The General Theory Of Employment, Interest And ...
I have called this book the General Theory of Employment, Interest and Money, placing the emphasis on the prefix general. The object of such a title is to contrast the character of my arguments and conclusions with those of the classical theory of the subject, upon which I was brought up and which dominates the economic thought, both practical and theoretical, of the governing and academic classes of this generation, as it has for a hundred years past. I shall argue that the postulates of the classical theory are applicable to a special case only and not to the general case, the situation which it assumes being a limiting point of the possible positions of equilibrium. Moreover, the characteristics of the special case assumed by the classical theory happen not to be those of the economic society in which we actually live, with the result that its teaching is misleading and disastrous if we attempt to apply it to the facts of experience.
The General Theory of Employment, Interest and ...
Keynes's economic theory is based on the interaction between demands for saving, investment, and liquidity (i.e. money). Saving and investment are necessarily equal, but different factors influence decisions concerning them. The desire to save, in Keynes's analysis, is mostly a function of income: the wealthier people are, the more wealth they will seek to put aside. The profitability of investment, on the other hand, is determined by the relation between the return available to capital and the interest rate. The economy needs to find its way to an equilibrium in which no more money is being saved than will be invested, and this can be accomplished by contraction of income and a consequent reduction in the level of employment.
In the classical scheme it is the interest rate rather than income which adjusts to maintain equilibrium between saving and investment; but Keynes asserts that the rate of interest already performs another function in the economy, that of equating demand and supply of money, and that it cannot adjust to maintain two separate equilibria. In his view it is the monetary role which wins out. This is why Keynes's theory is a theory of money as much as of employment: the monetary economy of interest and liquidity interacts with the real economy of production, investment and consumption.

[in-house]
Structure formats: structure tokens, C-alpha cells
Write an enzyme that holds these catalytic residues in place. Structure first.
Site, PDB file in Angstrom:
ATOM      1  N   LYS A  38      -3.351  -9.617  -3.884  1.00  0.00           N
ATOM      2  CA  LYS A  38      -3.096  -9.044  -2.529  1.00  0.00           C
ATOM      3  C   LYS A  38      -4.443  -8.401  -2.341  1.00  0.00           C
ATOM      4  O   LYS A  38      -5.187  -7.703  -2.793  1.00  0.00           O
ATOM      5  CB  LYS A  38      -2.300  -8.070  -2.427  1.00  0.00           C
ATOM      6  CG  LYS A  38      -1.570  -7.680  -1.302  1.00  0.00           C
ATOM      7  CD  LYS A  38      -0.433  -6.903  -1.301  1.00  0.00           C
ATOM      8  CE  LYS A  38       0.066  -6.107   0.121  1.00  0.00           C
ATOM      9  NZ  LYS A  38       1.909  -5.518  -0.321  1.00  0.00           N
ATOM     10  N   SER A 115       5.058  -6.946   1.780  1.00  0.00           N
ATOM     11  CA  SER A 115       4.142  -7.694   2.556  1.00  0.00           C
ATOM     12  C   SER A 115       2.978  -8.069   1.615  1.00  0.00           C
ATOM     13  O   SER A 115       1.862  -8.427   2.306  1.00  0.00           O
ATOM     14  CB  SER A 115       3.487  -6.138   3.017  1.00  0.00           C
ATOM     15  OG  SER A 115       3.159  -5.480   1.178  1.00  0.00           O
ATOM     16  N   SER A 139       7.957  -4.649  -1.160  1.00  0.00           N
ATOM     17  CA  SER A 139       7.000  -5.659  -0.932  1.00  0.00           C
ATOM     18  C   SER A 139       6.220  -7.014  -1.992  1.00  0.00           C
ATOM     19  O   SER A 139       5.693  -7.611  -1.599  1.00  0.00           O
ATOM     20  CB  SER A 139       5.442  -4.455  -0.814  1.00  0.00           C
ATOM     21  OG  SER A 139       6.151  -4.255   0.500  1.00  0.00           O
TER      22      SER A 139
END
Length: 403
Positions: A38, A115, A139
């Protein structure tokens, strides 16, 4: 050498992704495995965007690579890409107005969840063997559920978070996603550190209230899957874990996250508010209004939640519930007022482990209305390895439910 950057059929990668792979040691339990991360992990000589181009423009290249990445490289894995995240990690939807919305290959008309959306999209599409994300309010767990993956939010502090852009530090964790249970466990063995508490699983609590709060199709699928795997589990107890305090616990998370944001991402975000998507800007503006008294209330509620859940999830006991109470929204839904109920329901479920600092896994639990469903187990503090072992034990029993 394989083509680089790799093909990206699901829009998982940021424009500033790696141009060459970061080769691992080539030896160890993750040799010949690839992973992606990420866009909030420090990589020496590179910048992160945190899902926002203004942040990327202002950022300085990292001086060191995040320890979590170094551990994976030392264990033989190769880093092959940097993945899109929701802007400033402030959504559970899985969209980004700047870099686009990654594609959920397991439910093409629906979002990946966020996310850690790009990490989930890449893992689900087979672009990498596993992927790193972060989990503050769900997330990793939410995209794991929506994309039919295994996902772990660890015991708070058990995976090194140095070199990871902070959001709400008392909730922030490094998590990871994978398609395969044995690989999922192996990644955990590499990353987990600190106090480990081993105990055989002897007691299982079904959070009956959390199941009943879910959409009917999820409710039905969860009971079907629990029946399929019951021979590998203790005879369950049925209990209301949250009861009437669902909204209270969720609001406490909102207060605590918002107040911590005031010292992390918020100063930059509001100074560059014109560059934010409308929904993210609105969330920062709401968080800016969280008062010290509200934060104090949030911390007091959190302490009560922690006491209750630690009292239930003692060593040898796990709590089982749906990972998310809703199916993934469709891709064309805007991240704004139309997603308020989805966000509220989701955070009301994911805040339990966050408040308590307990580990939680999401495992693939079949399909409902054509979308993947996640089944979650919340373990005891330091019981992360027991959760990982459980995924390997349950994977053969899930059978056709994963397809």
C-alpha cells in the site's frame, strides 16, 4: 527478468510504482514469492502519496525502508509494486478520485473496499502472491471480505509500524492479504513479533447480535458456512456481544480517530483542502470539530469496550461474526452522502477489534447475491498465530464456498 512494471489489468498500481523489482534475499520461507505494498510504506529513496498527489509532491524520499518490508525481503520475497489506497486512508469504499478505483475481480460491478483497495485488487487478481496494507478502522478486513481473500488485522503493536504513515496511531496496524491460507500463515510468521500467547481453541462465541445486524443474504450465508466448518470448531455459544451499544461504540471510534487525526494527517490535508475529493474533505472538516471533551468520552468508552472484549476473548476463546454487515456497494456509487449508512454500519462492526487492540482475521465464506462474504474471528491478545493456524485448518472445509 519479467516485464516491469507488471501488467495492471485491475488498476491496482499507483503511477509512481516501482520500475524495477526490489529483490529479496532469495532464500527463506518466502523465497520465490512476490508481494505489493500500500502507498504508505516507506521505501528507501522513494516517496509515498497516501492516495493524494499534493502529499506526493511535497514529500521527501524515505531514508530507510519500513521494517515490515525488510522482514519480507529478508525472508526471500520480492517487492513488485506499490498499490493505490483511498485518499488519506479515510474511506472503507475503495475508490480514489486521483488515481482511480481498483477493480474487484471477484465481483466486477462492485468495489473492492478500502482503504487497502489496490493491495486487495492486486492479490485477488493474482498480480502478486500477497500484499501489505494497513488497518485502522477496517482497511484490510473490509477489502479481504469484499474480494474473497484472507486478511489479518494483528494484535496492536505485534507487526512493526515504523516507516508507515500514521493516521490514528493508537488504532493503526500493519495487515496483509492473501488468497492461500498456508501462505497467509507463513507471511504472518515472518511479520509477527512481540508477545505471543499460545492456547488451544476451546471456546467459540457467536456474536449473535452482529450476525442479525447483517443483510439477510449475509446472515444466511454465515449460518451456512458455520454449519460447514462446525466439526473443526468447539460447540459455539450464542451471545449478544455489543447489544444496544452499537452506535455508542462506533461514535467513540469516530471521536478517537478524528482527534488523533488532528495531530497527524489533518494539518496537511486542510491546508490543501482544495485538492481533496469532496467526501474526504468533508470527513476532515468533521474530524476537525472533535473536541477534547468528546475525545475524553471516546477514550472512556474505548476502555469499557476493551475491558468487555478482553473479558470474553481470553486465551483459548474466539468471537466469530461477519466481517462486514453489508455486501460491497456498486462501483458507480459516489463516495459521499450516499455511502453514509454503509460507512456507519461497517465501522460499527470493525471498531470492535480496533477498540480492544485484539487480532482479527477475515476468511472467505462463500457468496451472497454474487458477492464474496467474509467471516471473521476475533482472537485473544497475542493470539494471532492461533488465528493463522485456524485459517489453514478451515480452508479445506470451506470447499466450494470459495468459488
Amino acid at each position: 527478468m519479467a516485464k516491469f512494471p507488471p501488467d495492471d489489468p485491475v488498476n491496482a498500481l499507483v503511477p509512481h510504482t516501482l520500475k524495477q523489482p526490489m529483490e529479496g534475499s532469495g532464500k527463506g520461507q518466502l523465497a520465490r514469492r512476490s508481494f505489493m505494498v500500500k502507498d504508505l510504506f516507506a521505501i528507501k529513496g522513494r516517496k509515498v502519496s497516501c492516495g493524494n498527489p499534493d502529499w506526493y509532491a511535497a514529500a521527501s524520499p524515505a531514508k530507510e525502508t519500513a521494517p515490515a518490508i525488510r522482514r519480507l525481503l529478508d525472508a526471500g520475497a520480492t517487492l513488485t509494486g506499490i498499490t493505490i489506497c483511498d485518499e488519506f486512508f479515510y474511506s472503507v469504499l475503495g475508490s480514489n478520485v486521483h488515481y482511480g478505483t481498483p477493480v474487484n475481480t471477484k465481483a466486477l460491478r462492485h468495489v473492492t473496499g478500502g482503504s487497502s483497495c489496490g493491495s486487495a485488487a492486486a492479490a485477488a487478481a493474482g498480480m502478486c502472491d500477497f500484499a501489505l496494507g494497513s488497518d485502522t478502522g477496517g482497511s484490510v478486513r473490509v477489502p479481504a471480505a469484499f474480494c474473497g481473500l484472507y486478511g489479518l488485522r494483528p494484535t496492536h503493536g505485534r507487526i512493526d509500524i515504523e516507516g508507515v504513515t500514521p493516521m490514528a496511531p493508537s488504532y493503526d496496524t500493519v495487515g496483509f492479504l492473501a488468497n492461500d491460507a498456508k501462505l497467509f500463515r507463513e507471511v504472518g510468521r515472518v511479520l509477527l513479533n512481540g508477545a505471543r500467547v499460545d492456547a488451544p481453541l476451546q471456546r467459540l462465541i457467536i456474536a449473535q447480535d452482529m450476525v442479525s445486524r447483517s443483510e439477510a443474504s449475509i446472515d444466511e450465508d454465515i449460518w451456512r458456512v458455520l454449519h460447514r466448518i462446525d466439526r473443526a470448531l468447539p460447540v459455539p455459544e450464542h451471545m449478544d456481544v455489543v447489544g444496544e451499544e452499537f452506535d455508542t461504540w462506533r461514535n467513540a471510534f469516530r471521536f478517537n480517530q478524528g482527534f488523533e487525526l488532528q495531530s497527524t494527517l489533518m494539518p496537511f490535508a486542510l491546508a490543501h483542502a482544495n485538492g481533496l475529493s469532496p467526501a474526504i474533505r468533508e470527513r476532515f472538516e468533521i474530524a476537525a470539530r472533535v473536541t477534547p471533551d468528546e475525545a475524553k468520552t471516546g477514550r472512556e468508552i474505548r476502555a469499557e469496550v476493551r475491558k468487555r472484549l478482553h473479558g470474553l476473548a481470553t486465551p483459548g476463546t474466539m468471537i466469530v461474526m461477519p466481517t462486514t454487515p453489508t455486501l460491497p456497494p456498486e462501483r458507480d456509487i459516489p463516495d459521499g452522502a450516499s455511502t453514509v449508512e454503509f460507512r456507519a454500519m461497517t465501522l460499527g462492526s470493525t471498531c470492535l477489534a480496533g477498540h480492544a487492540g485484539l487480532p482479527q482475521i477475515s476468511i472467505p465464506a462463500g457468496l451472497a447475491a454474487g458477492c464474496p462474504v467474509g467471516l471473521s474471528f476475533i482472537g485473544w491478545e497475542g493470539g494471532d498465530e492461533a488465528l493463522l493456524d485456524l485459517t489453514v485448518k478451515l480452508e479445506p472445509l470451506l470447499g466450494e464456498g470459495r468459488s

Many of the quantities of interest, such as income and consumption, are monetary. Keynes often expresses such quantities in wage units (Chapter 4): to be precise, a value in wage units is equal to its price in money terms divided by W, the wage (in money units) per man-hour of labour. Therefore it is a unit expressed in hours of labour. Keynes generally writes a subscript w on quantities expressed in wage units, but in this account we omit the w. When, occasionally, we use real terms for a value which Keynes expresses in wage units we write it in lower case (e.g. y rather than Y).
This schedule is a characteristic of the current industrial process which Irving Fisher described as representing the 'investment opportunity side of interest theory'; and in fact the condition that it should equal S(Y,r) is the equation which determines the interest rate from income in classical theory. Keynes is seeking to reverse the direction of causality (and omitting r as an argument to S()).
Keynes proposes two theories of liquidity preference (i.e. the demand for money): the first as a theory of interest in Chapter 13 and the second as a correction in Chapter 15. His arguments offer ample scope for criticism, but his final conclusion is that liquidity preference is a function mainly of income and the interest rate. The influence of income (which really represents a composite of income and wealth) is common ground with the classical tradition and is embodied in the Quantity Theory; the influence of interest had also been noted earlier, in particular by Frederick Lavington (see Hicks's Mr Keynes and the "Classics"). Thus Keynes's final conclusion may be acceptable to readers who question the arguments along the way. However he shows a persistent tendency to think in terms of the Chapter 13 theory while nominally accepting the Chapter 15 correction.
In Chapter 14 Keynes contrasts the classical theory of interest with his own, and in making the comparison he shows how his system can be applied to explain all the principal economic unknowns from the facts he takes as given. The two topics can be treated together because they are different ways of analysing the same equation.
If we wish to examine the classical system our task is made easier if we assume that the effect of the interest rate on the velocity of circulation is small enough to be ignored. This allows us to treat V as constant and solve the first and third equations (the 'first postulate' and the quantity theory) together, leaving the second equation to determine the interest rate from the result. We then find that the level of employment is given by the formula